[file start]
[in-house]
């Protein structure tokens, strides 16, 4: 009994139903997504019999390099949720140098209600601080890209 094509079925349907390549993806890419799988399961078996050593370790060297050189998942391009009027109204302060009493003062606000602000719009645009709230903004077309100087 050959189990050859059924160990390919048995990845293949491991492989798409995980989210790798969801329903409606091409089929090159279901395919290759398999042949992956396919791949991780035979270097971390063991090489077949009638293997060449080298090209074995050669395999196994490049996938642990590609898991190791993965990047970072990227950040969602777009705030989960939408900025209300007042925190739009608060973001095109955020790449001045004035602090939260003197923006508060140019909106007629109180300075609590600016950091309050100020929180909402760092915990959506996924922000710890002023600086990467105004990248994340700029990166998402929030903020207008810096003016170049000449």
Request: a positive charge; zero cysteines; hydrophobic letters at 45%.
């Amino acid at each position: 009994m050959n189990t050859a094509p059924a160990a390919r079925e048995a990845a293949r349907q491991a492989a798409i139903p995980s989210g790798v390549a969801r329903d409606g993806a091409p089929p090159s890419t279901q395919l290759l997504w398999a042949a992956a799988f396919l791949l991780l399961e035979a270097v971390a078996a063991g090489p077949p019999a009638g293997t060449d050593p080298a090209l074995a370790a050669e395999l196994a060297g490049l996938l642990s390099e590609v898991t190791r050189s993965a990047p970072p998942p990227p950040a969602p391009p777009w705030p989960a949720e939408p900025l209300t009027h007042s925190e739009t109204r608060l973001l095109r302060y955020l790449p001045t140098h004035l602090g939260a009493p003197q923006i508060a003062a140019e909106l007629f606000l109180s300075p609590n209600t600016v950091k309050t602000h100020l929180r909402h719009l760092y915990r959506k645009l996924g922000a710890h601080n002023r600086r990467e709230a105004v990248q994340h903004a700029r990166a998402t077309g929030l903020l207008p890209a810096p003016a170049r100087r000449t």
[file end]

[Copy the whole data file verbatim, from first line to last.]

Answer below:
[in-house]
């Protein structure tokens, strides 16, 4: 009994139903997504019999390099949720140098209600601080890209 094509079925349907390549993806890419799988399961078996050593370790060297050189998942391009009027109204302060009493003062606000602000719009645009709230903004077309100087 050959189990050859059924160990390919048995990845293949491991492989798409995980989210790798969801329903409606091409089929090159279901395919290759398999042949992956396919791949991780035979270097971390063991090489077949009638293997060449080298090209074995050669395999196994490049996938642990590609898991190791993965990047970072990227950040969602777009705030989960939408900025209300007042925190739009608060973001095109955020790449001045004035602090939260003197923006508060140019909106007629109180300075609590600016950091309050100020929180909402760092915990959506996924922000710890002023600086990467105004990248994340700029990166998402929030903020207008810096003016170049000449």
Request: a positive charge; zero cysteines; hydrophobic letters at 45%.
């Amino acid at each position: 009994m050959n189990t050859a094509p059924a160990a390919r079925e048995a990845a293949r349907q491991a492989a798409i139903p995980s989210g790798v390549a969801r329903d409606g993806a091409p089929p090159s890419t279901q395919l290759l997504w398999a042949a992956a799988f396919l791949l991780l399961e035979a270097v971390a078996a063991g090489p077949p019999a009638g293997t060449d050593p080298a090209l074995a370790a050669e395999l196994a060297g490049l996938l642990s390099e590609v898991t190791r050189s993965a990047p970072p998942p990227p950040a969602p391009p777009w705030p989960a949720e939408p900025l209300t009027h007042s925190e739009t109204r608060l973001l095109r302060y955020l790449p001045t140098h004035l602090g939260a009493p003197q923006i508060a003062a140019e909106l007629f606000l109180s300075p609590n209600t600016v950091k309050t602000h100020l929180r909402h719009l760092y915990r959506k645009l996924g922000a710890h601080n002023r600086r990467e709230a105004v990248q994340h903004a700029r990166a998402t077309g929030l903020l207008p890209a810096p003016a170049r100087r000449t």